These are objective variables, so to speak. This years HDR also tries to measure and quantify quality of governance within countries. There are some indicators described as objective indicators of governance, such as participation in the electoral process (voter turnout, year women received the right to vote, seats in Parliament held by women), strength of civil society (trade union membership, number of NGOs) and ratification of international human right instruments. Because these are objective variables, the only quarrel can be about whether these variables adequately capture the idea of governance or whether there can be better variables. This is not true of the so-called subjective indicators of governance. These are based on perceptions and are divided into three heads democracy, rule of law and government effectiveness and corruption. In all fairness, one should mention that these are not indicators developed by UNDP. They reflect the work of others.

For instance, democracy has a polity score (University of Maryland), civil liberties (Freedom House), political rights (Freedom House), press freedom (Freedom House) and voice and accountability (World Bank). Understandably, on this democracy head, India outstrips the rest of South Asia. But on the press freedom criterion, India scores 42 out of 100. This means that the Indian press is partly free and places India in the same league as say, Kuwait, Romania, Macedonia, Fiji, Indonesia and Uganda. Doesnt quite seem right.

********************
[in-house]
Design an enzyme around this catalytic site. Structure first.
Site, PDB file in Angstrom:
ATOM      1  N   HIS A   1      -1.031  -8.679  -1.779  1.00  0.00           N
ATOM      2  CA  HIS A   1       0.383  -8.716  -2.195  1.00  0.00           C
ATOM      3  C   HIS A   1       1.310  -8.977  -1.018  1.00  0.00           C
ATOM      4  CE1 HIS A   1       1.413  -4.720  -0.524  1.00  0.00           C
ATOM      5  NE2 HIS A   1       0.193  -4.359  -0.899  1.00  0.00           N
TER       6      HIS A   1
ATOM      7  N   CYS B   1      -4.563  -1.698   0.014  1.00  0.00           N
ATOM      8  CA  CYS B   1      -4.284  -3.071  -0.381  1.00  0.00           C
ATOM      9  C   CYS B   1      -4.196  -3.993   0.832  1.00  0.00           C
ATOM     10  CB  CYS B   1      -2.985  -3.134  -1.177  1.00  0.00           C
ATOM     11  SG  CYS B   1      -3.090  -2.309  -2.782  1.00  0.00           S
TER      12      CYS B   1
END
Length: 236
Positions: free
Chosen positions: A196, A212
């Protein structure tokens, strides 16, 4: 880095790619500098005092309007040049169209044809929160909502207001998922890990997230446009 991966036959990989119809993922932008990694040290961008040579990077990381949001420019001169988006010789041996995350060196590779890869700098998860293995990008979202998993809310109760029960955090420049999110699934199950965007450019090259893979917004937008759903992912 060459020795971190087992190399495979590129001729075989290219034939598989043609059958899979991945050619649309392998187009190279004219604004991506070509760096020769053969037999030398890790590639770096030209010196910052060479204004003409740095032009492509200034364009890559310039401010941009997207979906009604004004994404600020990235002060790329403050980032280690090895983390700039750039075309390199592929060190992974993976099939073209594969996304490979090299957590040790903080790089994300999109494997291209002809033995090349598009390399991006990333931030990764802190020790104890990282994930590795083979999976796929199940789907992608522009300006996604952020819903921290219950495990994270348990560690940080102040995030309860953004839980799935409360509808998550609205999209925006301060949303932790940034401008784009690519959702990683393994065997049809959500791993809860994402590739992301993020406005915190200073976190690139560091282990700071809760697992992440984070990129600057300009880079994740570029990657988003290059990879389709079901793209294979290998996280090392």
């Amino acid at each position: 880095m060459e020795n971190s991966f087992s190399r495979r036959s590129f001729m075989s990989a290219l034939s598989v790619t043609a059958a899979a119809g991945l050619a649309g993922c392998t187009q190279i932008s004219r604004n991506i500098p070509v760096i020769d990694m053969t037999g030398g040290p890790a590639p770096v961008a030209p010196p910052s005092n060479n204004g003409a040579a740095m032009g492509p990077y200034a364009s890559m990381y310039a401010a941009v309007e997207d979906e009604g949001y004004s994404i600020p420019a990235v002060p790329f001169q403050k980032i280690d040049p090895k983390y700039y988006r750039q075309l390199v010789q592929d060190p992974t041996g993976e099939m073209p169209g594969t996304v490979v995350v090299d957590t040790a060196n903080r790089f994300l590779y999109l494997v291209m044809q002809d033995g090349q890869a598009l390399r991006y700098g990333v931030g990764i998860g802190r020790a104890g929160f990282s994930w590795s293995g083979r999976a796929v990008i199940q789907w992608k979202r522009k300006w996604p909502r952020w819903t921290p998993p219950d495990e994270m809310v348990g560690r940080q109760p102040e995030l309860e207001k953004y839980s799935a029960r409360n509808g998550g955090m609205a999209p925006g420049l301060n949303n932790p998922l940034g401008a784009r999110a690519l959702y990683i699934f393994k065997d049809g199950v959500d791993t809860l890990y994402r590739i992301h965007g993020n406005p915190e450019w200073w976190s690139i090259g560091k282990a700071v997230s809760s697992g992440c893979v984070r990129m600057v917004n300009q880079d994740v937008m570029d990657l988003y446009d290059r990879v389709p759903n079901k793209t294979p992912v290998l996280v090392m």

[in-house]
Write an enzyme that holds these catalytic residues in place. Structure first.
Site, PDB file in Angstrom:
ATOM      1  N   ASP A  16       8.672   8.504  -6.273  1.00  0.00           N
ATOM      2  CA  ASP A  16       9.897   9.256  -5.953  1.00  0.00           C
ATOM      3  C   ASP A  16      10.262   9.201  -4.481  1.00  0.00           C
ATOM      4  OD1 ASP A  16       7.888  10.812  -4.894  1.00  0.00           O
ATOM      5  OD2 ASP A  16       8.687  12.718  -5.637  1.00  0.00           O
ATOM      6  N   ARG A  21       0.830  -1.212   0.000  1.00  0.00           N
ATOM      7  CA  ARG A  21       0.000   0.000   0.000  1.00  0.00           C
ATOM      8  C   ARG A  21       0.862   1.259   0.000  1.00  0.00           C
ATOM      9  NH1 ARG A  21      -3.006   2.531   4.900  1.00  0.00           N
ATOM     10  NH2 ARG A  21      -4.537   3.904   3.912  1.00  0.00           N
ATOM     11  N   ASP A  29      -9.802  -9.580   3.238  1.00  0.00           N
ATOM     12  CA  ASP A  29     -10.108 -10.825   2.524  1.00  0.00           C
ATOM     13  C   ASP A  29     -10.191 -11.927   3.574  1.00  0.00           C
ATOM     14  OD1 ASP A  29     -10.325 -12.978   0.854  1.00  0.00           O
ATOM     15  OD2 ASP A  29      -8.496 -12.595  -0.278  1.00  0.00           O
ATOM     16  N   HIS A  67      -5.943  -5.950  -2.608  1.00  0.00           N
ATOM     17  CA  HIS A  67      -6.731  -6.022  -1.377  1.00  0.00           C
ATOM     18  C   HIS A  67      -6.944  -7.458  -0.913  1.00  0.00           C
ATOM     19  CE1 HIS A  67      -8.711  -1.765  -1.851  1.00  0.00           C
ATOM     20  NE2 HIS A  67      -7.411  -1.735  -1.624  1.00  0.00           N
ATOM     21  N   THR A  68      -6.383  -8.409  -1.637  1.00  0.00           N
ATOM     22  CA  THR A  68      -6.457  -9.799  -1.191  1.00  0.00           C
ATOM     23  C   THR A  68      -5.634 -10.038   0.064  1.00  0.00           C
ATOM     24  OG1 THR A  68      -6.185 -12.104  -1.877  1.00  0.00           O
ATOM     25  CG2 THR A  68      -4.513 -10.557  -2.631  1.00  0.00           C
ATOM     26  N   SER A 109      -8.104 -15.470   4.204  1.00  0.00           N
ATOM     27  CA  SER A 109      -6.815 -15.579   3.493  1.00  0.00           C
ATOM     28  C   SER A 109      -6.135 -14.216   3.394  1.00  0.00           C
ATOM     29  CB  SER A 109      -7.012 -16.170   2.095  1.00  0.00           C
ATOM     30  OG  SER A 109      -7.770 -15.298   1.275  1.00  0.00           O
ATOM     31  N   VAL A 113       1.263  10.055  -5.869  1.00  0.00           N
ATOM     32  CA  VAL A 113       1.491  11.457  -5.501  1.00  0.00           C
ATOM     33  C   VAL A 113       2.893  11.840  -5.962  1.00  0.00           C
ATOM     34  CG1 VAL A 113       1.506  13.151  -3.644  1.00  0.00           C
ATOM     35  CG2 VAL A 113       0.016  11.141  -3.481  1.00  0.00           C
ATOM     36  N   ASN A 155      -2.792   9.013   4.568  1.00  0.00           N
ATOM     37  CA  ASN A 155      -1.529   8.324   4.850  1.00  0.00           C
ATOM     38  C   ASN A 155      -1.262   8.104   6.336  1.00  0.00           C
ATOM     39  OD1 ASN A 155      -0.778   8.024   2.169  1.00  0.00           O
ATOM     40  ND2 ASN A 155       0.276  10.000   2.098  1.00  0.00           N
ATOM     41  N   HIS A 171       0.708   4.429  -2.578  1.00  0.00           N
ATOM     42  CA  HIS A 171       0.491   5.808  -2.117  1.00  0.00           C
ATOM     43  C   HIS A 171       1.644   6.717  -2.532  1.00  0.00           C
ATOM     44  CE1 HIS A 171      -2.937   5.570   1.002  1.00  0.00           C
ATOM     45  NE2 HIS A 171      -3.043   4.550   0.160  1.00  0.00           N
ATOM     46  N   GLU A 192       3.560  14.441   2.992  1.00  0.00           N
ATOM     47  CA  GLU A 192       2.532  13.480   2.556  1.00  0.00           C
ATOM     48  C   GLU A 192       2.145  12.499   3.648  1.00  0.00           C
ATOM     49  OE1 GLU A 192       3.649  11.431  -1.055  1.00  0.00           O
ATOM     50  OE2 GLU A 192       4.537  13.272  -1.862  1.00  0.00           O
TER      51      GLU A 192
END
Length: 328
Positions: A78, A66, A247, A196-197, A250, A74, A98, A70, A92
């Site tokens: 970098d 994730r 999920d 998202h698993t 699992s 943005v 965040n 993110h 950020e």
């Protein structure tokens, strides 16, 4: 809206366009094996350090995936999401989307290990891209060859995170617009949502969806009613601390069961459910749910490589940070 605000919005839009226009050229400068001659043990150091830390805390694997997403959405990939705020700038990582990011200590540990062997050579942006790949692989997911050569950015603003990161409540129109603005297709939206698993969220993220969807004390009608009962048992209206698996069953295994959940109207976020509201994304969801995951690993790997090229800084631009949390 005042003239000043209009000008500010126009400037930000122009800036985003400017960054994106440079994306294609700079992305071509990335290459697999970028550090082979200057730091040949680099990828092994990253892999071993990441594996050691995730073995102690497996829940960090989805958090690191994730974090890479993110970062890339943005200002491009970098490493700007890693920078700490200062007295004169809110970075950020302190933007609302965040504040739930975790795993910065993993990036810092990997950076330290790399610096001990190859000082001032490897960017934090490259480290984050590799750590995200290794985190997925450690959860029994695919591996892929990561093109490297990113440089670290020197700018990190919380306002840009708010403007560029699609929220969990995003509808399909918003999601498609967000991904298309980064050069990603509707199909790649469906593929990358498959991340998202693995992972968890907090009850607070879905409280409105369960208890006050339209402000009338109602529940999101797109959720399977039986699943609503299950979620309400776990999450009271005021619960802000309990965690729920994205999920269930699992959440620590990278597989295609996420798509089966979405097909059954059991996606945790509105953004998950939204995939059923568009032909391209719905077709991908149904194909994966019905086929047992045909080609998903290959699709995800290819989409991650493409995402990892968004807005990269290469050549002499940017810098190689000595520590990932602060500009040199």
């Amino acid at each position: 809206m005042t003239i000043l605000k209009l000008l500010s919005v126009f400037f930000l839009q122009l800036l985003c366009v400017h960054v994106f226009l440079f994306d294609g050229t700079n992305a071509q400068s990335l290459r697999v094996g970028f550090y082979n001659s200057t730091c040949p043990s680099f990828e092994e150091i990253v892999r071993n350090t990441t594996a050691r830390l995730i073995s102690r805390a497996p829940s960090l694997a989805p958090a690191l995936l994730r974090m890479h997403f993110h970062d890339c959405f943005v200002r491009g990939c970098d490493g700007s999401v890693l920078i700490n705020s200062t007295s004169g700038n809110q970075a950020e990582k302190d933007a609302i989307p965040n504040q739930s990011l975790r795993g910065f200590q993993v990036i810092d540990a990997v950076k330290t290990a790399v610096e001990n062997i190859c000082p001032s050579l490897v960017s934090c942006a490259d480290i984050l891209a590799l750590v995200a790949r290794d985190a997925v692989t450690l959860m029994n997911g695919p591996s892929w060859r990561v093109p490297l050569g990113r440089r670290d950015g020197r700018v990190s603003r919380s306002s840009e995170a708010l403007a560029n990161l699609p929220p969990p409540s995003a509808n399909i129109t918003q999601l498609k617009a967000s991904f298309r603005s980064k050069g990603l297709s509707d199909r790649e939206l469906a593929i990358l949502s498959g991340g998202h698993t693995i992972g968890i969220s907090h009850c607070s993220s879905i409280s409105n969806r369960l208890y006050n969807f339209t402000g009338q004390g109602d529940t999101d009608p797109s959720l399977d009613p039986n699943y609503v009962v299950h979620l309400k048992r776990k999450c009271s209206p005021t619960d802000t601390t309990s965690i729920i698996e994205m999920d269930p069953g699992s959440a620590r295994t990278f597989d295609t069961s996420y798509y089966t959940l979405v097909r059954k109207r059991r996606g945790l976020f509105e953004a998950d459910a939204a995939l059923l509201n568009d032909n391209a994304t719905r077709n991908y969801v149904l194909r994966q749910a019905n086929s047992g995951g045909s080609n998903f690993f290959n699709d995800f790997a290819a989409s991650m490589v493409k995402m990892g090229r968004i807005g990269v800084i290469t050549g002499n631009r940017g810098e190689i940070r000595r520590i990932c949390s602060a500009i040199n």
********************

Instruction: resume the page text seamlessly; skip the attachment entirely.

Rule of law and government effectiveness include political stability and lack of violence (World Bank), law and order (International Country Risk Guide), rule of law (World Bank) and government effectiveness (World Bank). Again, India is the best performer within South Asia, although in an absolute sense, the Indian government is believed to be ineffective. The corruption head has corruption perception (Transparency International) and graft (World Bank). It is not very obvious how the two are different, except that they come from two different sources.

On corruption, we dont have values for all South Asian countries. Transparency International tells us that India is less corrupt than Pakistan and Pakistan is less corrupt than Bangladesh. The World Bank believes that India is the least corrupt of the three, but Bangladesh is less corrupt than Pakistan. According to the World Bank, Sri Lanka is the least corrupt within the region and Nepal is less corrupt than India. If you take the World Bank figure, India has the same level of corruption as Colombia and Senegal.

In general, HDR 2002 has a lot of charitable references to India, partly because of the deepening democracy theme and partly because of income growth in India during nineties. However, there is also a reference to the 50 million missing women (100 million in the world), who would have been alive but for infanticide, neglect or sex-selective abortions. A recent survey in India found 10,000 cases of female infanticide a year, and a study of a clinic in Bombay found that 7,999 of 8,000 aborted foetuses were female. Why was the single male foetus aborted Must look it up from the reference given in HDR 2002. u